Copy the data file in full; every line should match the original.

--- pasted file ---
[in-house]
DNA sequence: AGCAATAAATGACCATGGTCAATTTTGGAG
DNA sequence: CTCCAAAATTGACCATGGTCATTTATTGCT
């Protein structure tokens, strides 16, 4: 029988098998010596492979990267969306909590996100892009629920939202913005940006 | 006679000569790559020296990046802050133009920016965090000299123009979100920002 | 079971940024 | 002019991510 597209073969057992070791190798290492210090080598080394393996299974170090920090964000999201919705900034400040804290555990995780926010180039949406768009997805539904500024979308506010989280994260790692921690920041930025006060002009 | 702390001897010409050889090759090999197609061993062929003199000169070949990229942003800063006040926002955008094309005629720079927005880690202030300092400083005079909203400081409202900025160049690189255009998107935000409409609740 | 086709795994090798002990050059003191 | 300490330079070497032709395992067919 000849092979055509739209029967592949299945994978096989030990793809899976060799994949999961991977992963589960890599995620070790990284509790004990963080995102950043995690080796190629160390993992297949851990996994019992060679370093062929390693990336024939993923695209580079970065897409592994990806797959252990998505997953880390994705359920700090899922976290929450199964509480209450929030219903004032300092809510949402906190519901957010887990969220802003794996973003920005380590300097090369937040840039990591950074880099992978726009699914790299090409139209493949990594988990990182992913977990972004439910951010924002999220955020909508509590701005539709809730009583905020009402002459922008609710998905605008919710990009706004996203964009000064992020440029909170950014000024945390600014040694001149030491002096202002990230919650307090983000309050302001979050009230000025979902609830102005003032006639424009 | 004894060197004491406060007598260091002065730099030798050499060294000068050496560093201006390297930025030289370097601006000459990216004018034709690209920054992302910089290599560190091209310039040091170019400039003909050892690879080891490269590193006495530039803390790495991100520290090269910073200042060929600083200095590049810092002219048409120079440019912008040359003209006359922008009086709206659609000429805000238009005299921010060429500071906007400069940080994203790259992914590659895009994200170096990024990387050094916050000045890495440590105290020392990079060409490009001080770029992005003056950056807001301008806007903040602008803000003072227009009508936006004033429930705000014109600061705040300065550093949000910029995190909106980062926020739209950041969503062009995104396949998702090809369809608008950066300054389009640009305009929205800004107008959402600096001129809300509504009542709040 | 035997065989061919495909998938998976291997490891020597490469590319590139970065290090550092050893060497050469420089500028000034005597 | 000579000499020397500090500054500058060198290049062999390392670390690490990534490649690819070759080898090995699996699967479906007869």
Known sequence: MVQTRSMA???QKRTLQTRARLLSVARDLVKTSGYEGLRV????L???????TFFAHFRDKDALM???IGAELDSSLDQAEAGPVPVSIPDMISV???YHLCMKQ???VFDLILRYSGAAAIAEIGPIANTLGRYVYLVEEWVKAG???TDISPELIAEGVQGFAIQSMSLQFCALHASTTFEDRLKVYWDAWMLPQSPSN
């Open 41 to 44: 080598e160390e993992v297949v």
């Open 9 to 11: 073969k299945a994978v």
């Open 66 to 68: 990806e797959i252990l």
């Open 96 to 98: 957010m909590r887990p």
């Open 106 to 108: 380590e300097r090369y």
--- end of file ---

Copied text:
[in-house]
DNA sequence: AGCAATAAATGACCATGGTCAATTTTGGAG
DNA sequence: CTCCAAAATTGACCATGGTCATTTATTGCT
């Protein structure tokens, strides 16, 4: 029988098998010596492979990267969306909590996100892009629920939202913005940006 | 006679000569790559020296990046802050133009920016965090000299123009979100920002 | 079971940024 | 002019991510 597209073969057992070791190798290492210090080598080394393996299974170090920090964000999201919705900034400040804290555990995780926010180039949406768009997805539904500024979308506010989280994260790692921690920041930025006060002009 | 702390001897010409050889090759090999197609061993062929003199000169070949990229942003800063006040926002955008094309005629720079927005880690202030300092400083005079909203400081409202900025160049690189255009998107935000409409609740 | 086709795994090798002990050059003191 | 300490330079070497032709395992067919 000849092979055509739209029967592949299945994978096989030990793809899976060799994949999961991977992963589960890599995620070790990284509790004990963080995102950043995690080796190629160390993992297949851990996994019992060679370093062929390693990336024939993923695209580079970065897409592994990806797959252990998505997953880390994705359920700090899922976290929450199964509480209450929030219903004032300092809510949402906190519901957010887990969220802003794996973003920005380590300097090369937040840039990591950074880099992978726009699914790299090409139209493949990594988990990182992913977990972004439910951010924002999220955020909508509590701005539709809730009583905020009402002459922008609710998905605008919710990009706004996203964009000064992020440029909170950014000024945390600014040694001149030491002096202002990230919650307090983000309050302001979050009230000025979902609830102005003032006639424009 | 004894060197004491406060007598260091002065730099030798050499060294000068050496560093201006390297930025030289370097601006000459990216004018034709690209920054992302910089290599560190091209310039040091170019400039003909050892690879080891490269590193006495530039803390790495991100520290090269910073200042060929600083200095590049810092002219048409120079440019912008040359003209006359922008009086709206659609000429805000238009005299921010060429500071906007400069940080994203790259992914590659895009994200170096990024990387050094916050000045890495440590105290020392990079060409490009001080770029992005003056950056807001301008806007903040602008803000003072227009009508936006004033429930705000014109600061705040300065550093949000910029995190909106980062926020739209950041969503062009995104396949998702090809369809608008950066300054389009640009305009929205800004107008959402600096001129809300509504009542709040 | 035997065989061919495909998938998976291997490891020597490469590319590139970065290090550092050893060497050469420089500028000034005597 | 000579000499020397500090500054500058060198290049062999390392670390690490990534490649690819070759080898090995699996699967479906007869």
Known sequence: MVQTRSMA???QKRTLQTRARLLSVARDLVKTSGYEGLRV????L???????TFFAHFRDKDALM???IGAELDSSLDQAEAGPVPVSIPDMISV???YHLCMKQ???VFDLILRYSGAAAIAEIGPIANTLGRYVYLVEEWVKAG???TDISPELIAEGVQGFAIQSMSLQFCALHASTTFEDRLKVYWDAWMLPQSPSN
């Open 41 to 44: 080598e160390e993992v297949v």
């Open 9 to 11: 073969k299945a994978v």
């Open 66 to 68: 990806e797959i252990l």
């Open 96 to 98: 957010m909590r887990p």
């Open 106 to 108: 380590e300097r090369y």